Do I do anything differently or care in the time between my infant being diagnosed with inguinal hernia and the surgery date?

Pre-Operation Physical
Once you’ve met with our team and made any necessary changes to lower your risk of complications from surgery, you will need to see your primary care provider for a pre-operation physical. Physicals may differ
depending on the patient and type of surgery, but all will ensure your overall well-being and check for undetected conditions that could make surgery inadvisable.

What to Expect the Day of Surgery
Before surgery, make sure to follow any pre-appointment restrictions set by your hernia team such as avoiding nonsteroidal anti-inflammatory medications (NSAIDs) like aspirin and ibuprofen for a week before surgery and
not eating the day of surgery. Try to get a good night’s sleep, and if your procedure requires a hospital stay, make sure to bring anything you will need during that time.

Home Preparation
When general anesthesia is needed, there are important rules for eating and drinking that must be followed in the hours before the surgery. One business day before your child’s surgery, you will receive a phone call from
a surgical nurse between the hours of 1 and 9 p.m. (Nurses do not make these calls on weekends or holidays.) Please have paper and a pen ready to write down these important instructions.

-The nurse will give you specific eating and drinking instructions for your child based on your child’s age. Following are the usual instructions given for eating and drinking. No matter what age your child is, you should
follow the specific instructions given to you on the phone by the nurse.

For children older than 12 months:
After midnight the night before the surgery, do not give any solid food or non-clear liquids. That includes milk, formula, juices with pulp, chewing gum or candy.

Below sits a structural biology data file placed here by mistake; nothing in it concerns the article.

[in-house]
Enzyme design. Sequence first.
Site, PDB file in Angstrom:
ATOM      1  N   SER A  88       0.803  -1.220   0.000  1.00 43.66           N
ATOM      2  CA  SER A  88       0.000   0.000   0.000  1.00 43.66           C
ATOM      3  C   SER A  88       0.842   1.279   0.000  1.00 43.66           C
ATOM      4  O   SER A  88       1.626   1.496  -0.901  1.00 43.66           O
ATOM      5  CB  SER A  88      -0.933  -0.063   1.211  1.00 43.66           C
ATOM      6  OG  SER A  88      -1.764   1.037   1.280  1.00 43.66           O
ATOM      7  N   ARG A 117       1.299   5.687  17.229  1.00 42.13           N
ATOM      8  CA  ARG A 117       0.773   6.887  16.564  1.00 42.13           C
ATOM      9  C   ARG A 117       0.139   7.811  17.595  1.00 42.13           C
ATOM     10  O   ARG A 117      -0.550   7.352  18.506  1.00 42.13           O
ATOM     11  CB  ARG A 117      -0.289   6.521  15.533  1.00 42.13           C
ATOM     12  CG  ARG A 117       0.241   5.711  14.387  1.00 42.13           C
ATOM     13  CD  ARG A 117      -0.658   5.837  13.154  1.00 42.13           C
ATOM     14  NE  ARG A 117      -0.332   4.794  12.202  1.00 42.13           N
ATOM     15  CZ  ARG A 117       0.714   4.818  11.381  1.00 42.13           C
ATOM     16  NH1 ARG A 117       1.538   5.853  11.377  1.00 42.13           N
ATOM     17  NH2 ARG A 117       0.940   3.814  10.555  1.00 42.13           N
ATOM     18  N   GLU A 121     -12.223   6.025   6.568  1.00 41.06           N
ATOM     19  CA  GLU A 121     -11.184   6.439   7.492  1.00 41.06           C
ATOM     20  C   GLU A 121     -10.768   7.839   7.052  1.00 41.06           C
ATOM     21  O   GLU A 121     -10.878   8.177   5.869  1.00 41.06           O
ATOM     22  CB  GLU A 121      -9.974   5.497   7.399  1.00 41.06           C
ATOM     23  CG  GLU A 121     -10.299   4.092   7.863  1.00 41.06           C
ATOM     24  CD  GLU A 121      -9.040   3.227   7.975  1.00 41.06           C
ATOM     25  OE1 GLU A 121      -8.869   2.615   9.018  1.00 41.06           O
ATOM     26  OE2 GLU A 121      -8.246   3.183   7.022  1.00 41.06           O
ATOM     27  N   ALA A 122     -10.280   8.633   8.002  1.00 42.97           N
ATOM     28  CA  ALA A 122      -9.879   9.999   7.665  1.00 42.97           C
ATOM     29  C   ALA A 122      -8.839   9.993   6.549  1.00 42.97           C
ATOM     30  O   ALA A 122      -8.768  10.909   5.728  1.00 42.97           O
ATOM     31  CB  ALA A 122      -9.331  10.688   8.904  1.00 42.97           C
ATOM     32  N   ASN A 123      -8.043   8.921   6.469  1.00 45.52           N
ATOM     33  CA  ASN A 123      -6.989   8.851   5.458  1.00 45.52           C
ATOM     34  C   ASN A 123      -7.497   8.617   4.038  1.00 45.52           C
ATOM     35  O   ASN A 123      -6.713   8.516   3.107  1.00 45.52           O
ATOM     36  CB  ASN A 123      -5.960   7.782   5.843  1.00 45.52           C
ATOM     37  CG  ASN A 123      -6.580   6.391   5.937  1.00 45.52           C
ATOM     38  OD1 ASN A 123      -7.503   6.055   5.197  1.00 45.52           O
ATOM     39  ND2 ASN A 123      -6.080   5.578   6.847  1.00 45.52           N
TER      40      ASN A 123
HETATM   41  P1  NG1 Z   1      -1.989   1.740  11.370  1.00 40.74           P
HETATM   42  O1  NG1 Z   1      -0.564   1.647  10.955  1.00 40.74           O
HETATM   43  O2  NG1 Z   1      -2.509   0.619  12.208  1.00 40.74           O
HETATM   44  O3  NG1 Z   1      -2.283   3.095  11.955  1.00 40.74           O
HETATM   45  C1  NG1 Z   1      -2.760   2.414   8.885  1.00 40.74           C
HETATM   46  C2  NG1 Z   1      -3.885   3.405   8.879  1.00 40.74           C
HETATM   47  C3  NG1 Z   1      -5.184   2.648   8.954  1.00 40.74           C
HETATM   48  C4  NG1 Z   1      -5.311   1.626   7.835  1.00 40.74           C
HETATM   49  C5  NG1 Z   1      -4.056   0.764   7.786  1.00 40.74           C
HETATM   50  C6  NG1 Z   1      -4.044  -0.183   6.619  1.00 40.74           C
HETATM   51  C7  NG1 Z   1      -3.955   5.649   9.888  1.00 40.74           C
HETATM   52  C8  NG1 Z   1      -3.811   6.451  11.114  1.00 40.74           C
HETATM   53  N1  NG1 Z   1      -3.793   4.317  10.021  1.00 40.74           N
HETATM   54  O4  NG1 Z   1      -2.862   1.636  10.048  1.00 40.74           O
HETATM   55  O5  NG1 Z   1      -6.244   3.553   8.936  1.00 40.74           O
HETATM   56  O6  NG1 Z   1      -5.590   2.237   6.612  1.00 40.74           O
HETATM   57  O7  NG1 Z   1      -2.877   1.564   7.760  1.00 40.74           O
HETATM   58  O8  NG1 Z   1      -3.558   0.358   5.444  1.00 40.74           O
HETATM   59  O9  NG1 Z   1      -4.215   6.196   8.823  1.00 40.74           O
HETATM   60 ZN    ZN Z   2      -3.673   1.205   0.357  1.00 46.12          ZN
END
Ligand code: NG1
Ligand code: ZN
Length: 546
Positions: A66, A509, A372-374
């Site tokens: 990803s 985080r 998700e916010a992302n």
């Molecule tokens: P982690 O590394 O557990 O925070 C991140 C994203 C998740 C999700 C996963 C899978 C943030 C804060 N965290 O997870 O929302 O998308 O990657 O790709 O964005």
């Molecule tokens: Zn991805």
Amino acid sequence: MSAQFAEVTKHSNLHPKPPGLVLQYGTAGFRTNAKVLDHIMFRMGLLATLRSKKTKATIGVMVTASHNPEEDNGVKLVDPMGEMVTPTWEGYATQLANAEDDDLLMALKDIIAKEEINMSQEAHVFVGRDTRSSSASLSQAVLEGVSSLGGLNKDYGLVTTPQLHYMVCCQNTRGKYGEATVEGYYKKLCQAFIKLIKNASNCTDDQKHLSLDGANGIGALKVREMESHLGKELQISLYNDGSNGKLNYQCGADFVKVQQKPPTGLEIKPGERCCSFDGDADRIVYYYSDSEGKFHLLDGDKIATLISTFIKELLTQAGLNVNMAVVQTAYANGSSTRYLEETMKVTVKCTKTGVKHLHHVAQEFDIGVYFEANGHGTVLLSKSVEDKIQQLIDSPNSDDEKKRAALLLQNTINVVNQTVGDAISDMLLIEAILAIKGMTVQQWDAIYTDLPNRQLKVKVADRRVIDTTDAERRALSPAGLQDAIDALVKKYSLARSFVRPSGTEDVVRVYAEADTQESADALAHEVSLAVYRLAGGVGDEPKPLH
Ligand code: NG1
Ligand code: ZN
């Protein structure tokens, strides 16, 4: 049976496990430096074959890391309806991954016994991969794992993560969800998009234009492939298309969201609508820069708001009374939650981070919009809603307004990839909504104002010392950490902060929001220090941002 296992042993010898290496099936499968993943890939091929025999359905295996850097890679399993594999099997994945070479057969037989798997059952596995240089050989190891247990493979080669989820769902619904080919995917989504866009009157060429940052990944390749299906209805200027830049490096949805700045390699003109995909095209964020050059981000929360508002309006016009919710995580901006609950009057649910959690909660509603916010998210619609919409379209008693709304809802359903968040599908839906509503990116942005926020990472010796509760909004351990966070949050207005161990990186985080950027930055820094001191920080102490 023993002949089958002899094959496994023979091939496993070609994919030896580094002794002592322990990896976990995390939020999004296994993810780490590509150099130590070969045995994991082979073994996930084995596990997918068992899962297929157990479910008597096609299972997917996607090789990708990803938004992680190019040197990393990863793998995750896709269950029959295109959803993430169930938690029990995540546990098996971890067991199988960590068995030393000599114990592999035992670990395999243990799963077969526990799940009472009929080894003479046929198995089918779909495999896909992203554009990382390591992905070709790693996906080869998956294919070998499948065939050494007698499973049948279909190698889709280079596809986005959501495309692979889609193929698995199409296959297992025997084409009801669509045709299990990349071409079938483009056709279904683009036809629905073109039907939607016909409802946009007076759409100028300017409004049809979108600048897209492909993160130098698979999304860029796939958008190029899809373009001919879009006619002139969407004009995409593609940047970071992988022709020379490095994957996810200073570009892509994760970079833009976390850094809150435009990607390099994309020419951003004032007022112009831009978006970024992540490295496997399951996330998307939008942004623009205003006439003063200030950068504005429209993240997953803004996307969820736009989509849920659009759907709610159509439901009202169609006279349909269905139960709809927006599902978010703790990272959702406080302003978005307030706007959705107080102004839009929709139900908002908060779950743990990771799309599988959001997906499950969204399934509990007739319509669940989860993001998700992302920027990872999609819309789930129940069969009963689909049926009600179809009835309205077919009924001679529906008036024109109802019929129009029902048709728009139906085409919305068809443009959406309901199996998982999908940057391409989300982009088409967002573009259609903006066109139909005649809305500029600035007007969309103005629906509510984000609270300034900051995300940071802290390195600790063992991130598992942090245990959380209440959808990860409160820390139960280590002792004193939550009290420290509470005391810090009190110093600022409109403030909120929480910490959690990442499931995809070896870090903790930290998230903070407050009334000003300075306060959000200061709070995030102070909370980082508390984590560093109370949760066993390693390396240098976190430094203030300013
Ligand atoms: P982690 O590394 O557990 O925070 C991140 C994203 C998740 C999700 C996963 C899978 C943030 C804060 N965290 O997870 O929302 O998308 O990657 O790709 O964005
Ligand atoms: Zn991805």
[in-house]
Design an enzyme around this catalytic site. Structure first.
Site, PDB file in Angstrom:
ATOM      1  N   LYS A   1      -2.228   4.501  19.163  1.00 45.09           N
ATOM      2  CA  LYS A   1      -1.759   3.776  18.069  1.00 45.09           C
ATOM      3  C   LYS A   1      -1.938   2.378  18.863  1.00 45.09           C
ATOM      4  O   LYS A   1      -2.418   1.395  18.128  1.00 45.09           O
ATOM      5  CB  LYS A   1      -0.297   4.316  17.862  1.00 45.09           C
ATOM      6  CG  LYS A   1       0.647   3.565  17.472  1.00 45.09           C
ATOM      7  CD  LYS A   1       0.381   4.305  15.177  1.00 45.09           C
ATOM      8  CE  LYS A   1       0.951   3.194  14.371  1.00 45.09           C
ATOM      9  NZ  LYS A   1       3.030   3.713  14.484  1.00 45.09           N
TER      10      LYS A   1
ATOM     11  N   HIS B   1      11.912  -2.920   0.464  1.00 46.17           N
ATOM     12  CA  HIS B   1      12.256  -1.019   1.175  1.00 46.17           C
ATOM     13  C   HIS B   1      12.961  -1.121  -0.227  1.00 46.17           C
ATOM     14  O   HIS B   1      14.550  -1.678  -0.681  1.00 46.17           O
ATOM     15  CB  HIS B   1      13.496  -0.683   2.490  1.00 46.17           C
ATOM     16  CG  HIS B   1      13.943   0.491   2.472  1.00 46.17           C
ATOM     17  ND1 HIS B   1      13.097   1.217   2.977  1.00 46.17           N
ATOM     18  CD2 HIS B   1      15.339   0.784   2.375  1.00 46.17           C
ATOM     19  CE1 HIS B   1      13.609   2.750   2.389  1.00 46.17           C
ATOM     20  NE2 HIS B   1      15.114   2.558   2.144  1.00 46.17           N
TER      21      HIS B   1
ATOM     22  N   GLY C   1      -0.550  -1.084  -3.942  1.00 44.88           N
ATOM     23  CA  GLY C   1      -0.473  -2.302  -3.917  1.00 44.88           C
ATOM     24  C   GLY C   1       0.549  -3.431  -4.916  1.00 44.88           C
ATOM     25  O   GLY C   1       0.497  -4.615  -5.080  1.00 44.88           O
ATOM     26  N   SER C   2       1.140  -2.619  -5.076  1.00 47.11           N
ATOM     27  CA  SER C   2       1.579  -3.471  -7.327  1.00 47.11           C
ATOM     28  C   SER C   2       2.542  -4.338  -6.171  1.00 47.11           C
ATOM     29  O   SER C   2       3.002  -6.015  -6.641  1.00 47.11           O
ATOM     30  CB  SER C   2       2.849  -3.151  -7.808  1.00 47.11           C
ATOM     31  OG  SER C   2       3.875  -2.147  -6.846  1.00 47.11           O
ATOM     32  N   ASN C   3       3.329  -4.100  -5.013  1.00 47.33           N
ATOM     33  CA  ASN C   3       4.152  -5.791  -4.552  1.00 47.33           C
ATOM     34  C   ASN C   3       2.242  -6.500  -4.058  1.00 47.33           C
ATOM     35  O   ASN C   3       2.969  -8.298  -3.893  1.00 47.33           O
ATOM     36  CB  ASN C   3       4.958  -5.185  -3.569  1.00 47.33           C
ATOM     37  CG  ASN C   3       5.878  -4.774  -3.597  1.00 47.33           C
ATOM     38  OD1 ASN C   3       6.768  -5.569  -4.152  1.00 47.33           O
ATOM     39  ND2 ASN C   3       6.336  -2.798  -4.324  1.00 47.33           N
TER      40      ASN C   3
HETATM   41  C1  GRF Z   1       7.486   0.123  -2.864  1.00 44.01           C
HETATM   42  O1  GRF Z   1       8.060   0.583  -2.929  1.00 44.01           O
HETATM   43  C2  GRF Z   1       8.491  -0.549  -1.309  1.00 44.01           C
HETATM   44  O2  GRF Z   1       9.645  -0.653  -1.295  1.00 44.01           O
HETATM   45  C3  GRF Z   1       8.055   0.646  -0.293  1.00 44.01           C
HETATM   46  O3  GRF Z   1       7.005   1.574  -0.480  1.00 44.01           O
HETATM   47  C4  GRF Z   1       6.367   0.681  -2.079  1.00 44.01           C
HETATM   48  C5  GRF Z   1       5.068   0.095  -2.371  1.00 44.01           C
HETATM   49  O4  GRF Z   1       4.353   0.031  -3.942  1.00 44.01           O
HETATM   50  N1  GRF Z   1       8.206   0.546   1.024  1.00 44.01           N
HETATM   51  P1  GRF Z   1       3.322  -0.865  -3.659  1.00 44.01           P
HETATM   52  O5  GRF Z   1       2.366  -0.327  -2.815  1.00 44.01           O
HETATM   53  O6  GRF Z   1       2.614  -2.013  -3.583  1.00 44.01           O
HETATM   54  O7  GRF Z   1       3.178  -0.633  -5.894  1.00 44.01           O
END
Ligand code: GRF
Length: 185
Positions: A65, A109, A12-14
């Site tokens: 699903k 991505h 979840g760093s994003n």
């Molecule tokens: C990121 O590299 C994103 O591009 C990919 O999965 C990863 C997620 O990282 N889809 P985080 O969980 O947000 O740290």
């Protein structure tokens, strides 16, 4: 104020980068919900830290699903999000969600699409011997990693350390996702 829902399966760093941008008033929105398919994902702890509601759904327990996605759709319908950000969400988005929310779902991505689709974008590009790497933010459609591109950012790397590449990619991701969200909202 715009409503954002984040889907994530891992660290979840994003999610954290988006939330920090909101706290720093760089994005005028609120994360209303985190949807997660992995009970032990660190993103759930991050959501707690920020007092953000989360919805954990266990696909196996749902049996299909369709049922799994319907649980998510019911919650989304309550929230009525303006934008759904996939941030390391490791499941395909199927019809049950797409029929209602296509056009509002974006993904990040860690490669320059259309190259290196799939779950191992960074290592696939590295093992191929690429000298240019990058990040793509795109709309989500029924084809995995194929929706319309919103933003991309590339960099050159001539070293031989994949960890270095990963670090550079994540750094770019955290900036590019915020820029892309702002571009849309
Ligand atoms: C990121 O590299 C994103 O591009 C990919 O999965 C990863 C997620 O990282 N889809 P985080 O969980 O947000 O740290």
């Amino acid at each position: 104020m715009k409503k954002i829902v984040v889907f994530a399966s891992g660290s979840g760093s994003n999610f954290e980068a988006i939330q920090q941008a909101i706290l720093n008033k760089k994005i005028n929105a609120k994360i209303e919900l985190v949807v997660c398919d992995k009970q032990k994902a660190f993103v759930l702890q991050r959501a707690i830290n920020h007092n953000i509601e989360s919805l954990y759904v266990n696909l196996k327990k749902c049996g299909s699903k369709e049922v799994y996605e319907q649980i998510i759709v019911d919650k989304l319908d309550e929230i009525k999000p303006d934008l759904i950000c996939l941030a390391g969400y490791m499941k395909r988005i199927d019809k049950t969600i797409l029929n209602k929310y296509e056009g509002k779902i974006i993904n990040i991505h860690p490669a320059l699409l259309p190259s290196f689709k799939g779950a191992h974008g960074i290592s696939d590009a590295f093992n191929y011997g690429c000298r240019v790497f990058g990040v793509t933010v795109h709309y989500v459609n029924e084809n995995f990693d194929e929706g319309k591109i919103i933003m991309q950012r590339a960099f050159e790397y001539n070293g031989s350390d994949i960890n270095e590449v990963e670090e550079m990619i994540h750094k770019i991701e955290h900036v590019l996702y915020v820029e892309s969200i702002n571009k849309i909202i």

For infants under 12 months:
-Up to 6 hours before the scheduled arrival time, formula-fed babies may be given formula.
-Up to 4 hours before the scheduled arrival time, breastfed babies may nurse.

For all children:
-Up to 2 hours before the scheduled arrival time, give only clear liquids. Clear liquids include water, Pedialyte® , Kool-Aid® and juices you can see through, such as apple or white grape juice. Milk is not a clear liquid.
-In the 2 hours before scheduled arrival time, give nothing to eat or drink.
-You may bring along a “comfort” item—such as a favorite stuffed animal or “blankie”—for your child to hold before and after the surgery.

How do you prepare for surgery?
Surgery can be stressful for both your child and you. This information will help you understand what you can expect. And it will help you safely prepare for your child’s surgery.

Preparing for surgery
-Talk to your child about the surgery. Tell your child that the surgery will fix a problem in his or her groin. And it will stop any pain. Hospitals know how to take care of children.
The staff will do all they can to make it easier for your child.

-Ask if a special tour of the surgery area and hospital is available. This may make your child feel less nervous about what happens.

-Plan for your child’s recovery time. He or she may need more of your time right after the surgery, both for care and for comfort.

-Understand exactly what surgery is planned, along with the risks, benefits, and other options.

-Tell the doctor ALL the medicines and natural health products your child takes. Some may increase the risk of problems during the surgery. Your doctor will tell you if your child should stop taking any of them
before the surgery and how soon to do it.